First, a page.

Penn Center for AIDS Research

Immunology Core Services

Mission | Personnel | Services | Contact Info

The Immunology Core provides a wide range of services and reagents to benefit the immunological research of the Penn CFAR Community. Services are provided by facilities in both the University of Pennsylvania and the Children's Hospital of Philadelphia Research Institute and are housed at several sites. Services include:

  • Primary Cell Purification (Riley Lab, 8th Floor Similow Center for Translational Research)
    • Freshly isolated primary PBMCs, CD4, CD8, T cells, NK, monocytes and B cells
    • CCR5 deficient T cells and monocytes from Δ32 donors
  • Standard Immunological Assays (12th Floor Abramson Research Center, CHOP)
    • Cell Based Assays
    • Flow Based Assays and Services
  • Cellular, Humoral and Molecular Immunology assays (HIC, 410 & 704 Stellar Chance)
    • Specimen Processing, Banking and Sample Shipment
    • Luminex Assays
    • Flow Cytometry
    • ELISA
    • Sequencing of Human and Murine IgH rearrangement
    • Sequencing of Human TCR Vβ Rearrangements
    • Amplification and cloning of Ig rearrangements
    • Data analysis pipeline for repertoire studies
    • Customized data analysis
    • Scientific Consultation and Assay Development
  • BSL-3 Cell Sorting Facility
  • Small Animal Model of HIV-1 Infection


Primary Cell Purification

Cell PurityWithin the last several years there has been a greatly increased demand for primary cells in both HIV and immunological research. There are multiple reasons for this. There has been a shift in the field from the use of cell lines to primary cells for research. For example, during the transition from primary cell to transformed cell line, critical signal transduction pathways are altered, which complicates the extrapolation of data to primary cells. Moreover, certain cell types, such as dendritic cells (DC), do not have cell lines that faithfully model their activities, necessitating the use of primary cells. Lastly, certain experiments require cells with a particular genotype or HIV status. Transformed cell lines are popular because they are inexpensive, require little expertise to use, and are easy to propagate; the major goal of this Immunology Core service is to make primary cells as accessible and easy to use as transformed cells.

Dr. Riley and his lab have been purifying primary human cells for research since 1995 and distributing to others as a function of the CFAR Immunology Core since 2003. For the most part, investigators prefer cells that have been purified via a negative selection process, which leaves them as minimally manipulated as possible. Cells are obtained from healthy donors by leukapharesis, and depending on users' need, are separated into subsets by negative selection using Rosette-Sep platform developed by STEMCELL Technologies. Cells are generally provided fresh to investigators or, for those who require large batches of single-donor cells to be used at different time points, can be provided as frozen aliquots. The cell purity is always greater than 90% and is routinely greater than 95%. During the time Core E has served the Penn CFAR community, we have isolated cells from greater than 600 apheresis products; a sample summary for one such product is shown in Table 1. Several investigators have requested purified cells from HIV-1 infected donors. This can be set up on a case by case basis. These cells are only available to investigators who have specifically requested cells from HIV-1 infected donors.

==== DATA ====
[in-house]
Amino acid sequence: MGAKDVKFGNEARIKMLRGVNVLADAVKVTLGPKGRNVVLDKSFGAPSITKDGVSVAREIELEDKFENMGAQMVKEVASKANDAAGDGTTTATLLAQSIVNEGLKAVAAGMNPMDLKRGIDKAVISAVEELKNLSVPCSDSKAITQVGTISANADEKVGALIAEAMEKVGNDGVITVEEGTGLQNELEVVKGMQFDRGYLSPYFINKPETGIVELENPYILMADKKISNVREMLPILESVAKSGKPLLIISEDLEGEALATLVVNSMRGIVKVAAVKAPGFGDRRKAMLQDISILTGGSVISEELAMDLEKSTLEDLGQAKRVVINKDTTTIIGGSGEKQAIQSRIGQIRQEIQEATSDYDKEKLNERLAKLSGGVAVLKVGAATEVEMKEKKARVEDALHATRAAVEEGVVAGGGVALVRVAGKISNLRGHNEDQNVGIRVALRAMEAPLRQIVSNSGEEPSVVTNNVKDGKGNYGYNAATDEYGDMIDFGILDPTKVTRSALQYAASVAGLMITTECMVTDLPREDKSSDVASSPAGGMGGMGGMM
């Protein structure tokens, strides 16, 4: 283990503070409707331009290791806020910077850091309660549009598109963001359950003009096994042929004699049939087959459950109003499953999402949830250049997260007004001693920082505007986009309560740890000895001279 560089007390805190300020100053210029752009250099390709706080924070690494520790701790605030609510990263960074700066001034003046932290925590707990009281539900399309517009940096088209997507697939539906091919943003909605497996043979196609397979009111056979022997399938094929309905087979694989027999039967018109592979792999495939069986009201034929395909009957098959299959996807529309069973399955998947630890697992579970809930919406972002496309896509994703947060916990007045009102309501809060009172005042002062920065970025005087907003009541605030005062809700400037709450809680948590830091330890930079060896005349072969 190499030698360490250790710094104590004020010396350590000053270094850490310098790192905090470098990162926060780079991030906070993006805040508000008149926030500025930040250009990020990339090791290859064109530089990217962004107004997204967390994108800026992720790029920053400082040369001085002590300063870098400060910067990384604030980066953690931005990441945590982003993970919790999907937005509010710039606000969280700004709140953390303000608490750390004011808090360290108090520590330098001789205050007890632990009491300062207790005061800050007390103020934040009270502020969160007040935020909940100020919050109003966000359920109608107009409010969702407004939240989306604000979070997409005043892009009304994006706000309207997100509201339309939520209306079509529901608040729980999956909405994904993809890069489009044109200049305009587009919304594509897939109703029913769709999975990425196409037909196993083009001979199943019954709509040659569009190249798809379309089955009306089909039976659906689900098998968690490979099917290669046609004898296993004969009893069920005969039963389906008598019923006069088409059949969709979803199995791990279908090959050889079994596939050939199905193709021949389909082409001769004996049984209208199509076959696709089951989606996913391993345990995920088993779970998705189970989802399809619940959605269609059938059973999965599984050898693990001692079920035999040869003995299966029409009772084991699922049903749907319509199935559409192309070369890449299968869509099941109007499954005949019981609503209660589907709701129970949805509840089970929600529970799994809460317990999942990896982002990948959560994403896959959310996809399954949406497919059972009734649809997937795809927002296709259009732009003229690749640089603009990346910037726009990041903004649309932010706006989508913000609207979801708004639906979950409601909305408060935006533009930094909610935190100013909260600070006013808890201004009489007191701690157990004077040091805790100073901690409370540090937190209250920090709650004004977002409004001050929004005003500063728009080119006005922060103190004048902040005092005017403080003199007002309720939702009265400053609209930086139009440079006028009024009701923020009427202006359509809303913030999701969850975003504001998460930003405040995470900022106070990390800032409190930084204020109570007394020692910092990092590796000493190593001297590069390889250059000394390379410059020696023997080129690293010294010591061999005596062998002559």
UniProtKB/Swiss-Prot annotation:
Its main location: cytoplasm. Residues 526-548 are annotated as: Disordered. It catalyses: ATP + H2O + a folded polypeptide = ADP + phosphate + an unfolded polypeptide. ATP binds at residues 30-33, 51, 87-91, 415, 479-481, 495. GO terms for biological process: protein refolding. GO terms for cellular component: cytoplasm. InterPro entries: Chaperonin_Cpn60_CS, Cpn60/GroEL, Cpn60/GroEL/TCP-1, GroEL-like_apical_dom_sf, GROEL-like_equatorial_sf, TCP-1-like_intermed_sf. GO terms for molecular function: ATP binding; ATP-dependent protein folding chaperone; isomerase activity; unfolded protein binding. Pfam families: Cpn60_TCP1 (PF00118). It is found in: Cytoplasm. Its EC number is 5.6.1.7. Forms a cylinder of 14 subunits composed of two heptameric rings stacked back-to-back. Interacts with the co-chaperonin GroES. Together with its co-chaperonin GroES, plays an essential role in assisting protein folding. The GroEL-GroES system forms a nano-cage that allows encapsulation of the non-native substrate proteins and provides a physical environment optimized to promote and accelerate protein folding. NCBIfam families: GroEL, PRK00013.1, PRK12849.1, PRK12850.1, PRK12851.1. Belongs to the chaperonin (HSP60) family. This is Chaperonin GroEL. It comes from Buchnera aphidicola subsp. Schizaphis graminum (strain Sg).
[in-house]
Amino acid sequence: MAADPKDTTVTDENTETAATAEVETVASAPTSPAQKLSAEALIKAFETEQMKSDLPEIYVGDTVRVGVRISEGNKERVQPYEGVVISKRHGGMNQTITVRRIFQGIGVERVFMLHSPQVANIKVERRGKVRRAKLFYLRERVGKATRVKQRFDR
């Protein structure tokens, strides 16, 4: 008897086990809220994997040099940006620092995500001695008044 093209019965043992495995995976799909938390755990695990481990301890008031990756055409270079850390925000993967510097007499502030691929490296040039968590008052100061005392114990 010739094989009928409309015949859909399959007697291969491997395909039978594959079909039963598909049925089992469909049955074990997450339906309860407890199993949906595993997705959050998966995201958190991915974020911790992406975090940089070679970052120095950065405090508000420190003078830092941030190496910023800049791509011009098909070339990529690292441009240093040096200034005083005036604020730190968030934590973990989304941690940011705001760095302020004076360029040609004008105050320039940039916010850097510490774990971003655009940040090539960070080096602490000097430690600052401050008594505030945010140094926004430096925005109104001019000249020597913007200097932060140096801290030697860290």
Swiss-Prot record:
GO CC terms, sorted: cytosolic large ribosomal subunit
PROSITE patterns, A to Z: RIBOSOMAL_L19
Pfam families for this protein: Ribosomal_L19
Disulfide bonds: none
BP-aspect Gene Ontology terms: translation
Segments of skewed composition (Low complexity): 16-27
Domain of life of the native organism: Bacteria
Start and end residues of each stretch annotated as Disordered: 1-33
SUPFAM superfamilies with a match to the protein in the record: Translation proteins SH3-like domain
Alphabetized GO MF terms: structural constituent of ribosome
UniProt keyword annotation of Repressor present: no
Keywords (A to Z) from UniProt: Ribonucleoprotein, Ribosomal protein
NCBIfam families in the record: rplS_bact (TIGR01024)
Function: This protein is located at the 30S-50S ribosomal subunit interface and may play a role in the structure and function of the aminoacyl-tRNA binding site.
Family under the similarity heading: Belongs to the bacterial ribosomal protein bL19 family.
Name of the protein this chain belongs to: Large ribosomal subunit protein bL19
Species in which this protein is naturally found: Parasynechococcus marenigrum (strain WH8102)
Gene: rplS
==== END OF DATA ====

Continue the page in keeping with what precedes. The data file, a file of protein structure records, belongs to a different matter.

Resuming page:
Table 1. Typical Cell Request

Cell Type

# Requested


CD4 T cell

350 million


CD8 T cell

100 million



350 million



200 million


CD8-depleted PBMC

100 million


This is an ideal core function because the effort required to isolate 10 million cells is the same as that to isolate one billion cells. Rather than having all laboratories who wish to work with primary cells obtain their own IRB-approved protocol, recruit donors, and develop the expertise to purify cells, the Immunology Core performs all of these functions, and since the entire apheresis product is utilized, the price per cell is much less than if the researchers were to obtain their own cells. A major part of the appeal and popularity of this service is that it removes the regulatory paperwork required to work with primary cells: The Immunology Core maintains the IRB-approved protocol and the individual core users receipt of these cells is considered secondary use of de-identified human specimens which is not considered human use by both NIH and our IRB. This recent clarification of what human use is removes a significant burden to use primary human cells to study HIV-1. We have found that the decreased regulatory burden often makes it more attractive for labs to carry out even pilot experiments with primary human cells, and not resort to cell lines. We do maintain an inventory of frozen cells so please inquire if you would prefer frozen cells.

Donors are not tested for any infectious agents. So as with all blood borne products, users are encouraged to follow universal precautions.

Ordering information:
Order cells at the Human Immunology Core
See when cells will be available at the Apheresis Research Donor Calendar
Follow order status on Twitter via @ImmuneCellsRUs    

Primary Contact:
James L. Riley, Ph.D.